By Matt Hayler
What's 'technology'? What does it support us to do? What does it strength us to think about approximately our adventure of being on this planet? In tough the Phenomena of know-how, know-how is situated as an adventure with particular gains, instead of as a category of gadgets, and this permits a mirrored image at the ways that amateurs and specialists have interaction with the artefacts that each one people rely on. utilizing e-readers, comparable to the Kindle and iPad, as a case learn, Hayler argues that using expertise is either extra advanced and extra human than public dialogue frequently supplies it credits for, forcing us to contemplate its affects on conception, cognition, and what it ability to grasp whatever in any respect.
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Additional info for Challenging the Phenomena of Technology: Embodiment, Expertise, and Evolved Knowledge
Yes, I know reading has given me a powerful new source of information. But is it worth the isolation, or the damage to dialog and memorization that Socrates foresaw? Studies show, in fact, that I’ve become involuntarily compelled d to read; I can’t keep myself from decoding letters. Reading has even reshaped my brain: Cortical areas that once were devoted to vision and speech have been hijacked by print. Instead of learning through practice and apprenticeship, I’ve become dependent on lectures and textbooks.
It’s covered with eyes and it sweats constantly. The sweat runs into those eyes and makes them sting. It has no mouth ... no genitals, and can only express its mute extremes of murderous rage and infantile desire by changing the channels on a universal remote. (Idoru ( 28–29) Hayles, in contrast, offers a far more balanced critique of the effects of screen reading, combining her own phenomenological reports with her experience as a university professor training hundreds of students in close reading over years of changing approaches and attitudes to the print reading experience, and also drawing on the research presented by Carr in The Shallows.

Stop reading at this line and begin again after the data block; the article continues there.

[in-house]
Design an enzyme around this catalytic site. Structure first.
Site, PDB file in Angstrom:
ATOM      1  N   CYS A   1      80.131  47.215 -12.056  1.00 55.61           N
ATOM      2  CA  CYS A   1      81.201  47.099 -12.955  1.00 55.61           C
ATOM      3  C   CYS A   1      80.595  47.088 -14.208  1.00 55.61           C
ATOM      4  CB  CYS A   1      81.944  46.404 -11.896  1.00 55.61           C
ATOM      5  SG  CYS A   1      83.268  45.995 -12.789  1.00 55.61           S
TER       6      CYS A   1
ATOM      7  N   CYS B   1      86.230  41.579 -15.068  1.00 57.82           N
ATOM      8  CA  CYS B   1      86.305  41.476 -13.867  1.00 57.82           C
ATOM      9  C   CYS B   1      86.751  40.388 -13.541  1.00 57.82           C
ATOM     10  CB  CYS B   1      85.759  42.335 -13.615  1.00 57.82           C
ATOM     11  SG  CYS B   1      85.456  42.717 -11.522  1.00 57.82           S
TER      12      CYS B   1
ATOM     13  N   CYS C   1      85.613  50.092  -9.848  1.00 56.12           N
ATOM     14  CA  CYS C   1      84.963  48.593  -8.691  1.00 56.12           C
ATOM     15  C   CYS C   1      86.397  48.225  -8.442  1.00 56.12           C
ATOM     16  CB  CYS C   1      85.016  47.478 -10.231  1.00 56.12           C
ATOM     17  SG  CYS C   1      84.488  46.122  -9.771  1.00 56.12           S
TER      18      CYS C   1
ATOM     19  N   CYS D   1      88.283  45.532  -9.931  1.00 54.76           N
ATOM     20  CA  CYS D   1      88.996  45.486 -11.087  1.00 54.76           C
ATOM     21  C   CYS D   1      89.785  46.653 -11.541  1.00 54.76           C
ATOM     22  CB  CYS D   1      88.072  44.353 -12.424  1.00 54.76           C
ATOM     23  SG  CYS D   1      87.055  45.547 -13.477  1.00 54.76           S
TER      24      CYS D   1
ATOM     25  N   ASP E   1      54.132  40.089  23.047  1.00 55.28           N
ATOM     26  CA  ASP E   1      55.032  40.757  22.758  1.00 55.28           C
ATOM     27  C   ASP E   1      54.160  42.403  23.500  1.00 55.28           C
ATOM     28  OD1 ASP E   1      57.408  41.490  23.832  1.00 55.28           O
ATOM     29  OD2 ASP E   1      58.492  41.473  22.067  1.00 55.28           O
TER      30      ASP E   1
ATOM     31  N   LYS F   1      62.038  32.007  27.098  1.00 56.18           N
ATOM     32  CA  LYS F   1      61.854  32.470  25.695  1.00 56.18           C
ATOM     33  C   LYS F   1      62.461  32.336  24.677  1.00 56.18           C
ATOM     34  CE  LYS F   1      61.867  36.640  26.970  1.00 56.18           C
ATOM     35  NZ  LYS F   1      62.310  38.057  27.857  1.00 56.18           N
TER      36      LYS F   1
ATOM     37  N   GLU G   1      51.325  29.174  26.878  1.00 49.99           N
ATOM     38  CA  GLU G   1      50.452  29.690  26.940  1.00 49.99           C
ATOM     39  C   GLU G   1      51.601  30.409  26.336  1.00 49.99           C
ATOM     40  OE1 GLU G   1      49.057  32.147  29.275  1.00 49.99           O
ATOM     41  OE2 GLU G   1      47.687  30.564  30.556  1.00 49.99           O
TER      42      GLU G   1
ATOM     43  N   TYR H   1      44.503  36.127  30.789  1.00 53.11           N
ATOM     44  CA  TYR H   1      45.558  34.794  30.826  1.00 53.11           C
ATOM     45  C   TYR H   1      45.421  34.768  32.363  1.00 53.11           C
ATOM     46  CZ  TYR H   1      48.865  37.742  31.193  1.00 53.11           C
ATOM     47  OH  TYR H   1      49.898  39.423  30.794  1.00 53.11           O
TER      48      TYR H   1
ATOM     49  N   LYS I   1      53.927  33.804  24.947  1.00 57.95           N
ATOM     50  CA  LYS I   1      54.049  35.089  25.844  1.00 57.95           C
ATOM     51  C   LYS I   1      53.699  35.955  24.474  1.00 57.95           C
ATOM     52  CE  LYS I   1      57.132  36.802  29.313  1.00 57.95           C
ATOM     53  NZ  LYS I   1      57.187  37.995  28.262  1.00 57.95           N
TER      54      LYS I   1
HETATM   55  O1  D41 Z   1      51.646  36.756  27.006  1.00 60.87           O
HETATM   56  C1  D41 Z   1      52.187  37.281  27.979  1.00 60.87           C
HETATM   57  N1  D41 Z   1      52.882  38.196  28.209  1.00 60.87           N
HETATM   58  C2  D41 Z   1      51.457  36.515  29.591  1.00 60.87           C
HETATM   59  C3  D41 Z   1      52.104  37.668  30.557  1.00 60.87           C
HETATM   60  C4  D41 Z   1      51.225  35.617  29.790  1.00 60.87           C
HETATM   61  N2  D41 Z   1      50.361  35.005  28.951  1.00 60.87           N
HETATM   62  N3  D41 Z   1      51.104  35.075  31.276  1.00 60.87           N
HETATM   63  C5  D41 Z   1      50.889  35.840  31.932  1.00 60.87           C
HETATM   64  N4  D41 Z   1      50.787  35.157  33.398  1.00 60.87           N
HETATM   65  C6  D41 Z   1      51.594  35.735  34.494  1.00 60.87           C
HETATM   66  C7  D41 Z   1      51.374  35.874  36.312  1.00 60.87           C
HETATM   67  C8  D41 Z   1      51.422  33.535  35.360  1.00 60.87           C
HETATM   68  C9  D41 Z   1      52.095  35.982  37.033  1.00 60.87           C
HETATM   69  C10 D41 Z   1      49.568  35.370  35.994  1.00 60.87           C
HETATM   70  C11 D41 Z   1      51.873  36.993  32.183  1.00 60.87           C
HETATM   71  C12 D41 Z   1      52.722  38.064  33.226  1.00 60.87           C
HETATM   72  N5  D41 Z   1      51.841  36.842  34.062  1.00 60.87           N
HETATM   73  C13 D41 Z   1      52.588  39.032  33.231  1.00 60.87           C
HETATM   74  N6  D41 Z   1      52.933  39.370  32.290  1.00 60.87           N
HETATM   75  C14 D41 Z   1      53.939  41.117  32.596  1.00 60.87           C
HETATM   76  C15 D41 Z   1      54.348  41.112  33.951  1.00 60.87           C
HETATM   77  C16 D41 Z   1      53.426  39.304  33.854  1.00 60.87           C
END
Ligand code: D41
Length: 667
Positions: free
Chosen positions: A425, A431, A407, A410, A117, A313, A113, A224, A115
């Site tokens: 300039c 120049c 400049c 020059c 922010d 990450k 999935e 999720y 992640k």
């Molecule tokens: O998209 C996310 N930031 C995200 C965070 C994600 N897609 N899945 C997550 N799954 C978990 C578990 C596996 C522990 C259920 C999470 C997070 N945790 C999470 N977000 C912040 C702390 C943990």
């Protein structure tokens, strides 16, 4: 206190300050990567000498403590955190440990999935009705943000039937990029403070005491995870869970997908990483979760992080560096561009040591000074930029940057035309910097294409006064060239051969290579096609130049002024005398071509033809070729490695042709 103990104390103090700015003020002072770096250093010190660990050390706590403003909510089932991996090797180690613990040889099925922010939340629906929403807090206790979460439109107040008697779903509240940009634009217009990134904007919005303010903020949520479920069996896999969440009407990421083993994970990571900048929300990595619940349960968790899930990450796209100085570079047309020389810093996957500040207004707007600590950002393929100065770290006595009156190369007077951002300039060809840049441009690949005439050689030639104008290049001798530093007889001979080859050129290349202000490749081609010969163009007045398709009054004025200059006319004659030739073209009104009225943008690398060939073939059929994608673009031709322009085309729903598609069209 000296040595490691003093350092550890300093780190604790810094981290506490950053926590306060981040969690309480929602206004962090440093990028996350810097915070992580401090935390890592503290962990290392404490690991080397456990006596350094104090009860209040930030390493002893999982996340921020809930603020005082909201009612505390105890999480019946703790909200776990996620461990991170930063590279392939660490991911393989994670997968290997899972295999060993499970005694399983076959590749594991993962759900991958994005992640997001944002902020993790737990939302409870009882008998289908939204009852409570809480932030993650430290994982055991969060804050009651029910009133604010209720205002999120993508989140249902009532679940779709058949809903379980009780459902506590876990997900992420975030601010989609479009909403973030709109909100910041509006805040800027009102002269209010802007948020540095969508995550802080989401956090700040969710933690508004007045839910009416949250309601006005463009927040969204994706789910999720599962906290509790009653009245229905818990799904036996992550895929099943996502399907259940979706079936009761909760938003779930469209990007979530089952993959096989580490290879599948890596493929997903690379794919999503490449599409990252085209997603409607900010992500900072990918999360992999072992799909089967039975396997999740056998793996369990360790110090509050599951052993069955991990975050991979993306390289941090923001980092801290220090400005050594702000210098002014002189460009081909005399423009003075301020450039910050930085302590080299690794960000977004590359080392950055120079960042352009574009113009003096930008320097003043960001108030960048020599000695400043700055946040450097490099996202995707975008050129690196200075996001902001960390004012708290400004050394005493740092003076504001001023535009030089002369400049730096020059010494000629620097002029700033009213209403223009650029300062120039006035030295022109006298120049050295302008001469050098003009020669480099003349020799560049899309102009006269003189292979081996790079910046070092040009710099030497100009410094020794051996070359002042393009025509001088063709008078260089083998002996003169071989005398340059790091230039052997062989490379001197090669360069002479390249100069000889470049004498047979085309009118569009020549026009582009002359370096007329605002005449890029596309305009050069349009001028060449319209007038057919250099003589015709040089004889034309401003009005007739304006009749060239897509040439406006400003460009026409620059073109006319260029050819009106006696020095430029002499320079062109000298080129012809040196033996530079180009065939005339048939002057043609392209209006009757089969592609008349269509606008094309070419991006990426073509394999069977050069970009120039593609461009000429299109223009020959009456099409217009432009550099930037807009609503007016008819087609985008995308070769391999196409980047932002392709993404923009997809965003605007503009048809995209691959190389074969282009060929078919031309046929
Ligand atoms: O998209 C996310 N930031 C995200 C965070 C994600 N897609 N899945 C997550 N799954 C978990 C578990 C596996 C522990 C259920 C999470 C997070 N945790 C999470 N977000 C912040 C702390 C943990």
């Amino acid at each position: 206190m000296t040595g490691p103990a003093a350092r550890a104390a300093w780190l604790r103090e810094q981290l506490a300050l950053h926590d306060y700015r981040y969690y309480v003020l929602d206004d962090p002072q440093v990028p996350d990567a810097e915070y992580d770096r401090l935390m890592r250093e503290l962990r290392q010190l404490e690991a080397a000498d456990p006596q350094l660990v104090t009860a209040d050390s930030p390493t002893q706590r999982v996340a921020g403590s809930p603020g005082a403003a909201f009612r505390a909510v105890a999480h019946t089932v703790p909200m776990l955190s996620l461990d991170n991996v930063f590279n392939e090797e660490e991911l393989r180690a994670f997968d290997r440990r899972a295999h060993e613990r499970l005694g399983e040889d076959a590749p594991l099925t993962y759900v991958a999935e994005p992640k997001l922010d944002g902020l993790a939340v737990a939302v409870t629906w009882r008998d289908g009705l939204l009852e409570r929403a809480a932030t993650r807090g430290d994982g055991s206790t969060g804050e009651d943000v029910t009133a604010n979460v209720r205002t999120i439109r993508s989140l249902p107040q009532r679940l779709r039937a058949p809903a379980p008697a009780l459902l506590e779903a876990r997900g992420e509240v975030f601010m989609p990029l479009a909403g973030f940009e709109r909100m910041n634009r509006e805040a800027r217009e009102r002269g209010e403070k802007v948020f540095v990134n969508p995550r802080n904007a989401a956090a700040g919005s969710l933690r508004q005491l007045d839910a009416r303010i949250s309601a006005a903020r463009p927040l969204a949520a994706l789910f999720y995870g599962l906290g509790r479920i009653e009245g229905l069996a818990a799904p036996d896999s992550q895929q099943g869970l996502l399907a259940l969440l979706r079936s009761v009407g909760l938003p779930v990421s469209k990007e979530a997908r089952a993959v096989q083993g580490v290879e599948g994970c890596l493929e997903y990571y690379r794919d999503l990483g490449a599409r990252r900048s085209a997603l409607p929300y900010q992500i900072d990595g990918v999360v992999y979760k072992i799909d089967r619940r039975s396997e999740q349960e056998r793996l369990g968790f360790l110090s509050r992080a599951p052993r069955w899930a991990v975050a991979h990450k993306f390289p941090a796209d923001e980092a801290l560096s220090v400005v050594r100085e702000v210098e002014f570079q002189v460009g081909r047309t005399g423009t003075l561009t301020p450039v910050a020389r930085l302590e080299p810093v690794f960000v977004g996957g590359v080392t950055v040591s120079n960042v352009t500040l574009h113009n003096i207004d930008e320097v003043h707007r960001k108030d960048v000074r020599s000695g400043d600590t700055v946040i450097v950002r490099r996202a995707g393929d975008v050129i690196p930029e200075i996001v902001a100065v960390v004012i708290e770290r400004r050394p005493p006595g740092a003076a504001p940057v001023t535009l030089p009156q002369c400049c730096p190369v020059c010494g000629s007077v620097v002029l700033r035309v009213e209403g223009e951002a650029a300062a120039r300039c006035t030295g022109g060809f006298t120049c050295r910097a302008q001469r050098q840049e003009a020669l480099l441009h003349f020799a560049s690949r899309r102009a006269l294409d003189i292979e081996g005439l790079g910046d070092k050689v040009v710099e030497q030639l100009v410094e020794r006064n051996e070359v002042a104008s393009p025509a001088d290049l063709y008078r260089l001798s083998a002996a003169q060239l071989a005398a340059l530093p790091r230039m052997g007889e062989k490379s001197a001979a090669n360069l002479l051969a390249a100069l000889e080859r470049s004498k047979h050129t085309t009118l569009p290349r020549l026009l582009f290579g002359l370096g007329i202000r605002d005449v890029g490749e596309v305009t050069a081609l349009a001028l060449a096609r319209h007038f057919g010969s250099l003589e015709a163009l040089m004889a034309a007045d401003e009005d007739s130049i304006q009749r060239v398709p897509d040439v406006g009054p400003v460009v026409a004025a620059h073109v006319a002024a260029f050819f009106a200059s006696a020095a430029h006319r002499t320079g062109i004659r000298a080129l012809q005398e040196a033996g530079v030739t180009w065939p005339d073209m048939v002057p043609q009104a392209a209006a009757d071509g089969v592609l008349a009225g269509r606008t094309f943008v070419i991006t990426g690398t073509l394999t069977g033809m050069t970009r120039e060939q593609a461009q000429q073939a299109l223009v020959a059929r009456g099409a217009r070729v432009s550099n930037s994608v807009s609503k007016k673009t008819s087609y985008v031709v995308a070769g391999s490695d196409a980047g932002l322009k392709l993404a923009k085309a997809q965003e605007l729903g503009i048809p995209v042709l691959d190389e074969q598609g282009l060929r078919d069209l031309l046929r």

26 Challenging the Phenomena of Technology Roome offers us a good survey here of the most familiar elements of the folk phenomenological debate surrounding reading on screen: it no longer seeming to be a book, it not feelingg like a book, it not smelling like a book,22 the wedge of remaining printed pages acting as a consistent indicator of progress,23 and the object as aesthetic artefact. Anna Dorfman, while writing on Jonathan Safran Foer’s experimental novel Tree of Codes, also argues for what is important to her interactions with print: I don’t see the act of reading as a purely word-based experience.
Challenging the Phenomena of Technology: Embodiment, Expertise, and Evolved Knowledge by Matt Hayler